Just as Sheringham's trial at Tottenham will be watched by a nationwide audience, so Sky's cameras will also permit a very public verdict on whether Jackson's return to Easter Road, for the clubs' opening Premier League match of the season, is a return of the prodigal or a christian thrown to the lions.
It is not a situation which Jackson envies, but he is too old to let fear get in the way of ambition. At 31, the Scotland international has - like his England counterpart - been given a chance to earn the honours that have so far eluded him and a spot of name-calling is a small price to pay for success.
"I knew the day I signed for Celtic that I would have to make my debut against Hibs," Jackson said. "At least this way, I get it over and done with right away. I don't really know what reception I'll get from the Hibs fans. I've had some letters from a few of them wishing me all the best. It would be nice if they gave me a good reception, but the Hibs fans are there to see their team win, not worry about me, and I'm there to win for my team, which now happens to be Celtic."
The reaction to Jackson's departure in Edinburgh was as much because he compounded the exit of the goalkeeper Jim Leighton. Hibs had lost their two most valuable assets only weeks after the pair had ensured the club's survival in the Premier League by defeating Airdrie in the end-of-season play-off, with Jackson contributing two goals.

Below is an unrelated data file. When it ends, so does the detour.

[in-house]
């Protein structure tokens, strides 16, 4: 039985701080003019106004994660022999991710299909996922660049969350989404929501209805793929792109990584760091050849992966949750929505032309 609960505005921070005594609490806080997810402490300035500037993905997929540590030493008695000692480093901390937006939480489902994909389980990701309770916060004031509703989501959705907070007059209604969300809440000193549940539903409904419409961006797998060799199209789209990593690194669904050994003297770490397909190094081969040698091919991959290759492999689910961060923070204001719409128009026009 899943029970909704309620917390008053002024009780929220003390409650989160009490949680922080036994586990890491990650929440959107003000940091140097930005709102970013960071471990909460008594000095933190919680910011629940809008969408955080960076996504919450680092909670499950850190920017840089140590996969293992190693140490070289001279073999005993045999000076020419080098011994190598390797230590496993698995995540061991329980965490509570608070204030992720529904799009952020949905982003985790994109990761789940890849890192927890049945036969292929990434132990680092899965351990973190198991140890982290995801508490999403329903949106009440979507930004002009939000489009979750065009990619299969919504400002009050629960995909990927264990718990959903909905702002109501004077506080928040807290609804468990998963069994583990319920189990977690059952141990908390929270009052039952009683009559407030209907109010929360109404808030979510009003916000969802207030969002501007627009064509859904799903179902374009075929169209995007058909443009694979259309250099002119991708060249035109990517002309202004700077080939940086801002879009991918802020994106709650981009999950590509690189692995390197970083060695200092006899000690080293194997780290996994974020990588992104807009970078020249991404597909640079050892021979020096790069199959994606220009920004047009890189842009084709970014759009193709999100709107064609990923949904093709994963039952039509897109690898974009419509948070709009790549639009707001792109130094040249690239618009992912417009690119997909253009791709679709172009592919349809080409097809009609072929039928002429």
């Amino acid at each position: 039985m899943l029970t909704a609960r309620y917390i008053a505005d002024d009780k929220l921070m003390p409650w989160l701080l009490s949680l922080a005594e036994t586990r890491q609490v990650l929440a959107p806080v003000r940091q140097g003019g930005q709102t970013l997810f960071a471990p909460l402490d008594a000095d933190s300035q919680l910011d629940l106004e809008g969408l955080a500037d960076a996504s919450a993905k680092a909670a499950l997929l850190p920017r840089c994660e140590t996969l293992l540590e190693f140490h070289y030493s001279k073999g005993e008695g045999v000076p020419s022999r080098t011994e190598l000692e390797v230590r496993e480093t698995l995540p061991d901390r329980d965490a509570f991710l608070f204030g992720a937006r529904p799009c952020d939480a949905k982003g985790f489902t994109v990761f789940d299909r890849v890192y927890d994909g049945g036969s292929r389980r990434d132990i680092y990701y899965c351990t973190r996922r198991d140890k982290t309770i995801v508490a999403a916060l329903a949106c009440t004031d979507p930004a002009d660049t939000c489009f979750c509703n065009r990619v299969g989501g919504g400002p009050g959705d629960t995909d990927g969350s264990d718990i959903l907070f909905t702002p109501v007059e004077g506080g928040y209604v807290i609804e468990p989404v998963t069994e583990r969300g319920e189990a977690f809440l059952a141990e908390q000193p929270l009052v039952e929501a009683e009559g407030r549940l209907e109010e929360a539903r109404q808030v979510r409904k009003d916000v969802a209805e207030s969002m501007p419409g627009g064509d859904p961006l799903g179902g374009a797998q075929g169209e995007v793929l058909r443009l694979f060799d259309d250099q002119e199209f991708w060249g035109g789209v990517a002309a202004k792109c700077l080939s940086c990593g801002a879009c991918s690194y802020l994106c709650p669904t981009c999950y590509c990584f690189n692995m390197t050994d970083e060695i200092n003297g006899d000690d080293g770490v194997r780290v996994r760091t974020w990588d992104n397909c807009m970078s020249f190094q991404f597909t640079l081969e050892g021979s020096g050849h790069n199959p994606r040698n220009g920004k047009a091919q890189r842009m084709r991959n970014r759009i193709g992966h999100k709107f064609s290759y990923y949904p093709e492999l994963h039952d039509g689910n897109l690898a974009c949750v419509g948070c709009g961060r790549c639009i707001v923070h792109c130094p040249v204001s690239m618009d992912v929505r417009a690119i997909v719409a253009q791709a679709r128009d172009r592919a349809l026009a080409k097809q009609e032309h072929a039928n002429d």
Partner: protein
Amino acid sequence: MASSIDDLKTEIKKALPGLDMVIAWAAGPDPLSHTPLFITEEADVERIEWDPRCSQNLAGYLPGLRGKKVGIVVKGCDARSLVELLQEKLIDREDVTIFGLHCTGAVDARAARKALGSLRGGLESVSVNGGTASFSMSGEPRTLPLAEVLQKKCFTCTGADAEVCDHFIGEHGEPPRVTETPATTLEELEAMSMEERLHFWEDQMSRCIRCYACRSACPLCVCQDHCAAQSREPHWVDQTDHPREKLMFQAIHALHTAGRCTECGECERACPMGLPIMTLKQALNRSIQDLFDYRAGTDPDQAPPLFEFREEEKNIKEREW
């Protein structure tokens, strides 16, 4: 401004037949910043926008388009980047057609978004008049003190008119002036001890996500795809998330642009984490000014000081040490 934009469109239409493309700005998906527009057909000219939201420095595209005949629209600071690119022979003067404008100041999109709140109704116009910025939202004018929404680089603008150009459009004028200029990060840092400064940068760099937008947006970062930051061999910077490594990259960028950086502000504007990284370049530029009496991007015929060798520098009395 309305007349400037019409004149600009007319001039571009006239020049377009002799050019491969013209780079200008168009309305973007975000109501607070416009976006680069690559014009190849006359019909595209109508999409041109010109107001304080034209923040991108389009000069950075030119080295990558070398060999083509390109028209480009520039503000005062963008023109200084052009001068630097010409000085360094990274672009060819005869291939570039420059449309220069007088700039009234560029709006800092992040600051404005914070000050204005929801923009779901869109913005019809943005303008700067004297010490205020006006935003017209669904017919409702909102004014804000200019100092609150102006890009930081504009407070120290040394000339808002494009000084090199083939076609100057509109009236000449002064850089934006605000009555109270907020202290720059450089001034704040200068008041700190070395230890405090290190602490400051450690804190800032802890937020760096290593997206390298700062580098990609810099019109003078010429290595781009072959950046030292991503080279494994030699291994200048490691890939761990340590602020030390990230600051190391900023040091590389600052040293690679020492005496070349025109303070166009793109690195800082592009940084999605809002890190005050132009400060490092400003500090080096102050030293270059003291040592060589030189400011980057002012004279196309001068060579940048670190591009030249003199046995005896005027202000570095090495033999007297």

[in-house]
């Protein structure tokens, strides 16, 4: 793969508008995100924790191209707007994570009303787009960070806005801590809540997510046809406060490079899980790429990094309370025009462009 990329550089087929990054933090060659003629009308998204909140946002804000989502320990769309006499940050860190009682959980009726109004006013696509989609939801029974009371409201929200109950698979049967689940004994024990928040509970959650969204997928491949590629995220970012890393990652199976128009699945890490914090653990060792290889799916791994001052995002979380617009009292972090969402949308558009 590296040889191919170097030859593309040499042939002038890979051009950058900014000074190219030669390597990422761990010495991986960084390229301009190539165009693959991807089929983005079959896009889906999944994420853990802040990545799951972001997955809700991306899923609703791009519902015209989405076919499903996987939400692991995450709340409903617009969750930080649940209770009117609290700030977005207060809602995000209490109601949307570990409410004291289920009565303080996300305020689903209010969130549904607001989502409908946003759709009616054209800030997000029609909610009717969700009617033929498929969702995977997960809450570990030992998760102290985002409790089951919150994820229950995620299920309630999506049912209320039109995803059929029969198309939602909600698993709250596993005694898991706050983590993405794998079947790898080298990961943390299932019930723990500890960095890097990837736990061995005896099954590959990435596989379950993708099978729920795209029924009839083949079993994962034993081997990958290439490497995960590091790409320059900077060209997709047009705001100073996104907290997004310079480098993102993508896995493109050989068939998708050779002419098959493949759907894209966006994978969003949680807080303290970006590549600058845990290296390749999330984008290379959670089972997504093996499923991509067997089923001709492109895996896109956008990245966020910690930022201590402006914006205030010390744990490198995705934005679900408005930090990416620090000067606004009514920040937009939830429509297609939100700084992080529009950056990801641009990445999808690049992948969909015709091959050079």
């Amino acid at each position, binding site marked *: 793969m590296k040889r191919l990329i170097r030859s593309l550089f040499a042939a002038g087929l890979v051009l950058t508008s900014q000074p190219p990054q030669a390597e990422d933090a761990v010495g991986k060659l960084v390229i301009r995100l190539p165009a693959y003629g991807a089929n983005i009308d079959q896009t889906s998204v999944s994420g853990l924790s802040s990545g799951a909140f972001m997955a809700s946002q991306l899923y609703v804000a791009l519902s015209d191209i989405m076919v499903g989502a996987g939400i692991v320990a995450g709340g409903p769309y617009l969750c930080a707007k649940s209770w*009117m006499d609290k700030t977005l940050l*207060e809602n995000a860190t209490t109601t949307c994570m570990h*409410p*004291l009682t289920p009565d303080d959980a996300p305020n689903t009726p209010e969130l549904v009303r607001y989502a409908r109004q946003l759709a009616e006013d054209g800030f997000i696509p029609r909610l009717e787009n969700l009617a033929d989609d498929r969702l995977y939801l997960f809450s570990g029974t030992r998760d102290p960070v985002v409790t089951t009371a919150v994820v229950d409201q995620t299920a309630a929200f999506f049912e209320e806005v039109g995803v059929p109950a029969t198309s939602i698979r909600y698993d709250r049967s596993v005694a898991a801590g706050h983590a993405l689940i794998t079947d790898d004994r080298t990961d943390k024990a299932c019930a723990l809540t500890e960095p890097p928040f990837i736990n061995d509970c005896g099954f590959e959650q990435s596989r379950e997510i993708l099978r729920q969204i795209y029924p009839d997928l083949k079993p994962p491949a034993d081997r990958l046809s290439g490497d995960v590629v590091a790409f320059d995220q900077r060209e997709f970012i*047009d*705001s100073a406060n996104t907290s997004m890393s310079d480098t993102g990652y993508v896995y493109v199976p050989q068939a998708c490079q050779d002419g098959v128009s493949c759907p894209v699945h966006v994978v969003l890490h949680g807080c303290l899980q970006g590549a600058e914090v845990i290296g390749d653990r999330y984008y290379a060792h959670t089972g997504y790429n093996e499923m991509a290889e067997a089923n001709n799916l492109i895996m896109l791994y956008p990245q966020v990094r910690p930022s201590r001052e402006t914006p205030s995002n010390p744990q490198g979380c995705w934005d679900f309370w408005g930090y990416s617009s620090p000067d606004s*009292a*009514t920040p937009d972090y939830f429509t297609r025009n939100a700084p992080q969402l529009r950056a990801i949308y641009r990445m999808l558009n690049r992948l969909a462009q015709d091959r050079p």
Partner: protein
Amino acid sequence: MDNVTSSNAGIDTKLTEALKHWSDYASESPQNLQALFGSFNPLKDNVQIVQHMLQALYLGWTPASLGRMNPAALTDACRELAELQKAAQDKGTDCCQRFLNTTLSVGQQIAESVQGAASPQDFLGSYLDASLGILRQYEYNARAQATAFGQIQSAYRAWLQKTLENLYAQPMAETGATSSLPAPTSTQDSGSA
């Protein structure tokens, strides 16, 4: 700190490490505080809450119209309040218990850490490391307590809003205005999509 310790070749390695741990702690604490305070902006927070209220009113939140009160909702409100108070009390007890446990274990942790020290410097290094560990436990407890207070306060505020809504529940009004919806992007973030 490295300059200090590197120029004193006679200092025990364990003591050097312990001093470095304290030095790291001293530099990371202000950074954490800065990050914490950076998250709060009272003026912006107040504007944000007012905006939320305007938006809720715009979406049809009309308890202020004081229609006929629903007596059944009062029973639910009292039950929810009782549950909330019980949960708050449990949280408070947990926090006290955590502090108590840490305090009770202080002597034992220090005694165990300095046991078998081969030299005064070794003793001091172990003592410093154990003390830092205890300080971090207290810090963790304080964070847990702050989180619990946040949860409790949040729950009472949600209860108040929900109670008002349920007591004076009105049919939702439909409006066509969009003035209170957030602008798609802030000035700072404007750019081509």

He dismisses suggestions that he knew the occasion was his swan-song, even though Celtic - through former manager Tommy Burns - had already had one bid rejected for him and Coventry were also waiting in the wings. "I wasn't even thinking about a move, just keeping Hibs up, which is where they should be - a club like that should not be in the First Division.
"I can see why the Hibs fans were disappointed in my leaving but the chance was too big for me to turn down at this stage in my career and Hibs made good money on me, especially considering my age."
Jackson's preoccupation with time is obvious. Like Sheringham, he is a late developer, despite having played in England's top division with Newcastle at the age of 20. His international career has blossomed in the last year and being with Celtic, rather than Hibs, will enhance his prospects if Scotland reach the World Cup finals.
"The Scotland thing has come late in my career," Jackson said, "and I'm trying to make up for lost time. I was a young boy when I was at Newcastle - I played alongside Mirandinha and Gazza in the side that got relegated - and I didn't appreciate how big a chance I had. Celtic have got an older and better Darren Jackson."Reuse content